You probably don’t spend much time thinking about claims adjusters – until you need one. When that happens, you might become very curious about claims adjusters, what they do and how their work will impact your insurance claim. To give you some insight, here’s an inside look at the day-to-day work of an auto adjuster.
The Role of Claims Adjusters
A claims adjuster, also called an insurance adjuster, is responsible for determining appropriate compensation for a claim. This can be a very complicated task involving the following steps:
Step 1: Check the type of coverage in place.
To do this, claims adjusters compare the details of the insurance policy to the type of claim you’ve submitted. For example, if your claim is for damage to someone else’s car, they’ll check to see that you have property damage liability coverage. On the other hand, if your claim is for damage to your own car, they’ll check to see if you carry collision insurance.
Step 2: Verify the amount of coverage – also known as your policy limits.
For example, if you’ve been involved in an accident that caused $75,000 of medical treatment for another person, they’ll need to know the bodily injury liability limit on your policy. They can only pay claims up to your policy limit.
Step 3: Decipher what happened, and who was at fault, if it matters.
In addition to examining the claim, adjusters may talk to witnesses and read police reports. In this way, claims adjusters are similar to other types of investigators. Hawaii is considered a no-fault state, which means that your insurance company will pay covered claims up to the personal injury protection benefits (“PIP”) limit, for you and your passengers’ injuries, regardless of who is at fault.
Step 4: Determine the value of the claim.
Claims adjusters assess the amount of damages incurred – either for property damage, bodily injury or liability. If the claim involves damage to your vehicle, they determine what can be repaired and what must be replaced, and how much this will cost. They may send the information to an appraiser for an estimate. The value of the claim will also depend on the policy limits as discussed in step 2.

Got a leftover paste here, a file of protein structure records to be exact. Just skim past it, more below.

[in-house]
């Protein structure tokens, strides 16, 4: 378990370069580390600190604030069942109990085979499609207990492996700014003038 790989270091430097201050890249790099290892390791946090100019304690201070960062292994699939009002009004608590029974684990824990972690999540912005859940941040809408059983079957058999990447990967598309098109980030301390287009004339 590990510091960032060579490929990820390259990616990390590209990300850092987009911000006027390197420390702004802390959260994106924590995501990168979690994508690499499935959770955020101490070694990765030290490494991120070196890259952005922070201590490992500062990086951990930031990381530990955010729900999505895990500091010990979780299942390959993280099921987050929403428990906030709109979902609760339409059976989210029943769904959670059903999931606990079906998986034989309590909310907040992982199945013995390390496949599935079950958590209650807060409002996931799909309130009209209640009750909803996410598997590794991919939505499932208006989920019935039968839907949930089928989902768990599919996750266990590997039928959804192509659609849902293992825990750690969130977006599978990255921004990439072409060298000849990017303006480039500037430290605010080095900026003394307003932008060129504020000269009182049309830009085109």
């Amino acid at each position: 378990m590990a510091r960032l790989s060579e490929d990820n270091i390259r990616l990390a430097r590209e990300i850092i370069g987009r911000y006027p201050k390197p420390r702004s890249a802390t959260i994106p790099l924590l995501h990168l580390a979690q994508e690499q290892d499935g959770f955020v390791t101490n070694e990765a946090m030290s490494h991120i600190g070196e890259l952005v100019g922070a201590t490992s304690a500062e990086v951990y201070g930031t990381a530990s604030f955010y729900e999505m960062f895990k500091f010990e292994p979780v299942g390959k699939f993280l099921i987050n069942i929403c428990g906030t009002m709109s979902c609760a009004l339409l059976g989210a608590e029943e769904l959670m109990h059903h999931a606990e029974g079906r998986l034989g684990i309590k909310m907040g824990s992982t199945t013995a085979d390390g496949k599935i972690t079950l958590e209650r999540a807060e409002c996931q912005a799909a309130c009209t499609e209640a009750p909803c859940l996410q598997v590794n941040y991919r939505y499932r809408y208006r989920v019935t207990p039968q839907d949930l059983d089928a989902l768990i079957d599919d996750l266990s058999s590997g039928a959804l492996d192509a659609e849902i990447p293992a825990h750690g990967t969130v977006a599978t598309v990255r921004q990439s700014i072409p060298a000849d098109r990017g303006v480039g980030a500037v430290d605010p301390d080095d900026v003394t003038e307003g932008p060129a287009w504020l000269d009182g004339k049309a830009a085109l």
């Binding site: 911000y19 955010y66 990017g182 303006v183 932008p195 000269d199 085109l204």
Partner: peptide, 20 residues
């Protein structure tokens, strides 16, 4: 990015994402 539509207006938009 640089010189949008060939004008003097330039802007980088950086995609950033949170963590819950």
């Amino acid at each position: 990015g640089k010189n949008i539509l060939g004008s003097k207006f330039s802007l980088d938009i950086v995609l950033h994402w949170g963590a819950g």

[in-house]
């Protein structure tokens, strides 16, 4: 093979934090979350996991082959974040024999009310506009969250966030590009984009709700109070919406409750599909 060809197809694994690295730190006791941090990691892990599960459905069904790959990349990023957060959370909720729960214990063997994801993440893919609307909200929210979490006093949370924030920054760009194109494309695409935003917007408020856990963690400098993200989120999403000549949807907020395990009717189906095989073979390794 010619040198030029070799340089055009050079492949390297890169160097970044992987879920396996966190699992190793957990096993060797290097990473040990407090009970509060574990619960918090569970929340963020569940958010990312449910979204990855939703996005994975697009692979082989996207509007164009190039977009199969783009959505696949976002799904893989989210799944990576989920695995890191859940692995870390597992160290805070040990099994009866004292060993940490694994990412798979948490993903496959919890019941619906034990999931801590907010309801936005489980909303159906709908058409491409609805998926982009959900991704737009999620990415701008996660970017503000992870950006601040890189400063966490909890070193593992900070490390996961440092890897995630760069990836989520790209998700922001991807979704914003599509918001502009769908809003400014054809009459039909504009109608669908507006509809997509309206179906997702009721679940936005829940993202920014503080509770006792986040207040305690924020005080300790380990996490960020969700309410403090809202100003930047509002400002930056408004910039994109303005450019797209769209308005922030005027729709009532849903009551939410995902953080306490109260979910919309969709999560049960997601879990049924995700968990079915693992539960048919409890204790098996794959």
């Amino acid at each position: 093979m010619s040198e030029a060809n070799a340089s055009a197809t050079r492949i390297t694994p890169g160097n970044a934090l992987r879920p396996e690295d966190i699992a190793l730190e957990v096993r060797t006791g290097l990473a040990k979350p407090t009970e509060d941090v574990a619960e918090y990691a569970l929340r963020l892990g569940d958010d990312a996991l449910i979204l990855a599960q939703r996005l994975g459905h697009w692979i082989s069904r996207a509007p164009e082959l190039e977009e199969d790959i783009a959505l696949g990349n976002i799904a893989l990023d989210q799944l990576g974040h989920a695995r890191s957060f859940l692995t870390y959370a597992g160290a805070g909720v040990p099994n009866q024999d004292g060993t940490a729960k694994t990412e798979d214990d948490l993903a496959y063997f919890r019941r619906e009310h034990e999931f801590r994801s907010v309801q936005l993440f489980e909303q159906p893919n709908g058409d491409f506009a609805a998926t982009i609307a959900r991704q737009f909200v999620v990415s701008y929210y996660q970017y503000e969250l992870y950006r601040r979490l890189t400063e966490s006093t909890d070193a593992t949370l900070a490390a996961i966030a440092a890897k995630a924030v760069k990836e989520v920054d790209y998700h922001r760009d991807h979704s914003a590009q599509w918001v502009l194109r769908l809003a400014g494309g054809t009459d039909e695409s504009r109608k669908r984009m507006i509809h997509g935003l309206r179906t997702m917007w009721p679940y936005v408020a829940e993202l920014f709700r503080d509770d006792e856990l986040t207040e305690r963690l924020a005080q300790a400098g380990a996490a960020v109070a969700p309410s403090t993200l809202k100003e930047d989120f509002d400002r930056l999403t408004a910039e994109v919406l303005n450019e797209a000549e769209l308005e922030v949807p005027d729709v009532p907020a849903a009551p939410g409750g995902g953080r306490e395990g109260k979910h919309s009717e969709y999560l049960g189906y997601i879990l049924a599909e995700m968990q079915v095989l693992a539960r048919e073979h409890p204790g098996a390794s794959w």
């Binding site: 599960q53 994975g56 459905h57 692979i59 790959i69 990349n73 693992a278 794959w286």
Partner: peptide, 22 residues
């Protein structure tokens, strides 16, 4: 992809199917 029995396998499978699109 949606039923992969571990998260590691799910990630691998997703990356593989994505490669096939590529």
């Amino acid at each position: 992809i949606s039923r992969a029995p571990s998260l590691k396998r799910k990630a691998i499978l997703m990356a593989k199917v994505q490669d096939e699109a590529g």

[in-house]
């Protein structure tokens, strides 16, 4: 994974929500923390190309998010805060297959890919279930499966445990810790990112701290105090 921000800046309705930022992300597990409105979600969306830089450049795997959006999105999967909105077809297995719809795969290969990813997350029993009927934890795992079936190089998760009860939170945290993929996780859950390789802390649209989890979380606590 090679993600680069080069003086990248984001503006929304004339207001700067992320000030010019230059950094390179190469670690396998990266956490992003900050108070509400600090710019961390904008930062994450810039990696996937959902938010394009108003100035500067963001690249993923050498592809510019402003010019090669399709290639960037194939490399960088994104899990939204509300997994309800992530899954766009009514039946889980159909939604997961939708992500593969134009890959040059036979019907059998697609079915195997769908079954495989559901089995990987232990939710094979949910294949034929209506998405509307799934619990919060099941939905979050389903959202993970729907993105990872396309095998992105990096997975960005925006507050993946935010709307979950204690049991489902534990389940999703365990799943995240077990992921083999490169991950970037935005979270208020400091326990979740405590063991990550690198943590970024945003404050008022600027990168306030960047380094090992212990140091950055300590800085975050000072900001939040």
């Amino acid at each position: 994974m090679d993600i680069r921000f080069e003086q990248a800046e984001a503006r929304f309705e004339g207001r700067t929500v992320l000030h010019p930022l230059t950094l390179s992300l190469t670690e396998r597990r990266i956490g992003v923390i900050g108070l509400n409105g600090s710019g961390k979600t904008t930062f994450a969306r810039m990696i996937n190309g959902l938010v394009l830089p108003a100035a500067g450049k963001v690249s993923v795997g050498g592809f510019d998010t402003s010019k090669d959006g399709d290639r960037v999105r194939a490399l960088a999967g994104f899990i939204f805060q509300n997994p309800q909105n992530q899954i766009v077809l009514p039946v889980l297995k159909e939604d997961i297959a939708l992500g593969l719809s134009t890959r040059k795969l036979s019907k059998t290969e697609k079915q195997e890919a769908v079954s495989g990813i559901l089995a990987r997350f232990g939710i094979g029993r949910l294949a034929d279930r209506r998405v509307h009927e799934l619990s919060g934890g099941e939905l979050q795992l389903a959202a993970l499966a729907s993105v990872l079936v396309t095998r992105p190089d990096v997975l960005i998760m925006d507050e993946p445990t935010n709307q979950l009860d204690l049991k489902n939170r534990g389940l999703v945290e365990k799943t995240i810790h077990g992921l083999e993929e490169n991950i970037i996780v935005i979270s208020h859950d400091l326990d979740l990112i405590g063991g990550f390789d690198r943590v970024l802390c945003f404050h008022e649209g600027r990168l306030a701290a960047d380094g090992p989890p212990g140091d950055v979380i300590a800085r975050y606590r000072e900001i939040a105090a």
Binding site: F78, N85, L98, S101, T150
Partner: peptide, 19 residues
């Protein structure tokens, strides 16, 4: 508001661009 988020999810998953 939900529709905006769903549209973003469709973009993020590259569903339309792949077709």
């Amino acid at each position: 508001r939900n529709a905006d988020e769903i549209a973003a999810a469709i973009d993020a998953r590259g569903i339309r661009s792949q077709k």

Step 5: Coordinate your defense in the event of a lawsuit.
If you are sued, your claims adjuster will hire an attorney and help coordinate your legal defense. When the facts of the case are known, the claims adjuster will play an integral role (along with attorneys) in determining if the lawsuit should be litigated or settled. If there is a settlement, your adjuster will explain the process and facilitate the paperwork.
Step 6: Help get you back to normal.
Claims adjusters may also help with other matters, such as arranging for temporary transportation. They may contact third parties to set up repairs. They talk with the insured and answer any questions that arise. They may also pay bills related to your claim.
Step 7: Evaluate subrogation potential.
Although Hawaii is a modified no-fault state, this doesn’t mean carriers don’t investigate fault. In certain cases, they may pursue wrongful injury or subrogate for property damage claims. Successful subrogation can be beneficial to you, by eliminating your deductible and protecting your policy standings and credits.
Working with a Claims Adjuster
Having a claim can be stressful, but a claims adjuster can help you through the process. Plan to communicate frequently, ask questions and use your adjuster as a resource. The claims adjuster is there to resolve your claim as fairly and efficiently as possible.